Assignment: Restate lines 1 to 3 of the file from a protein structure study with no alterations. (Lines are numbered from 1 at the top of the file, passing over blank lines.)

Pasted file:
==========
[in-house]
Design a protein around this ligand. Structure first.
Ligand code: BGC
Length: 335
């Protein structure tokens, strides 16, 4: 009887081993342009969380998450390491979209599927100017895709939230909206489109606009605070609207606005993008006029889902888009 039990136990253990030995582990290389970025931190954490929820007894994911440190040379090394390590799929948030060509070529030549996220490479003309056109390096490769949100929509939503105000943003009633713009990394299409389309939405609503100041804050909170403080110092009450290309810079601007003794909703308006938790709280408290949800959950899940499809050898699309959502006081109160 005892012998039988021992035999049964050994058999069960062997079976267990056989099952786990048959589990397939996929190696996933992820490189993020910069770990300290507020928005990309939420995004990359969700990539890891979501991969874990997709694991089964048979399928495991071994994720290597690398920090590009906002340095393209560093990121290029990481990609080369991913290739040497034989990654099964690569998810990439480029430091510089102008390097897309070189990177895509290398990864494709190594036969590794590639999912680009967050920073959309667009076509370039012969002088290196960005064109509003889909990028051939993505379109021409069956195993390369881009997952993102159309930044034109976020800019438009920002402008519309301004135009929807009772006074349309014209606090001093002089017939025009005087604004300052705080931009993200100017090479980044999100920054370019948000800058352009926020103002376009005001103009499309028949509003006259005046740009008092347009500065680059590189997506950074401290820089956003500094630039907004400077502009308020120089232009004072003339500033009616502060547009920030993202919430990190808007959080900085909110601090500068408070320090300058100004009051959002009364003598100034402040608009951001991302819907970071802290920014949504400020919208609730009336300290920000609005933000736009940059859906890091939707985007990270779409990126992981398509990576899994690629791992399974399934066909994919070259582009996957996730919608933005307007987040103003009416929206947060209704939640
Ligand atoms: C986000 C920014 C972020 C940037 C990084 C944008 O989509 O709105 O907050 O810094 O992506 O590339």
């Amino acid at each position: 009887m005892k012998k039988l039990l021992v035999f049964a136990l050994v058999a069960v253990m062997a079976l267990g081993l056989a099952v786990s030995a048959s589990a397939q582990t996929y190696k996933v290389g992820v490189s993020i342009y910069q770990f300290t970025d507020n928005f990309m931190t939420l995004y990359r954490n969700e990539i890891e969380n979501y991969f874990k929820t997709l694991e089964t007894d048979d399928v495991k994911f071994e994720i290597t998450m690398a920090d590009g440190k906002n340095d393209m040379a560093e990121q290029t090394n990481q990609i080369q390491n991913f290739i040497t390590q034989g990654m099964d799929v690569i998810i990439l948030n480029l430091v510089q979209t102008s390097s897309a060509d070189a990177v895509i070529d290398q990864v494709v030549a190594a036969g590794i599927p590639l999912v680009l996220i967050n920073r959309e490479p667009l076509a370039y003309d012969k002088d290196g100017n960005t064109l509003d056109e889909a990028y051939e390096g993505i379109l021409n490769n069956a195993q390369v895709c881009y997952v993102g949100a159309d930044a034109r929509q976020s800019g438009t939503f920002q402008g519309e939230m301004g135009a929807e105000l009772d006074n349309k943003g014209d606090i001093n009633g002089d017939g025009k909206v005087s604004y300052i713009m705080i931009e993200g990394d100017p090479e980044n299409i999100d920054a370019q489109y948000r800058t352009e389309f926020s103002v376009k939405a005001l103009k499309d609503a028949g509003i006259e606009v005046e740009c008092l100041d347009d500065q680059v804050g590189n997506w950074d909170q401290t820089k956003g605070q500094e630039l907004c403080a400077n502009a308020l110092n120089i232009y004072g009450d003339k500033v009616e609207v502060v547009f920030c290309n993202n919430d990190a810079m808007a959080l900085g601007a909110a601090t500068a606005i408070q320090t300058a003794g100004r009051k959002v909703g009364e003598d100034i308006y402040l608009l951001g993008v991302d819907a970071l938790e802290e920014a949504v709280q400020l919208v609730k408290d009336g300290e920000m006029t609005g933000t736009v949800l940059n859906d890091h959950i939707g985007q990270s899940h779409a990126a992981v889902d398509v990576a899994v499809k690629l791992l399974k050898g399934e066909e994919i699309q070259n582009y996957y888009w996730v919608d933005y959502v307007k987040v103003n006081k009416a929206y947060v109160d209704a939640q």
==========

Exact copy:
[in-house]
Design a protein around this ligand. Structure first.
Ligand code: BGC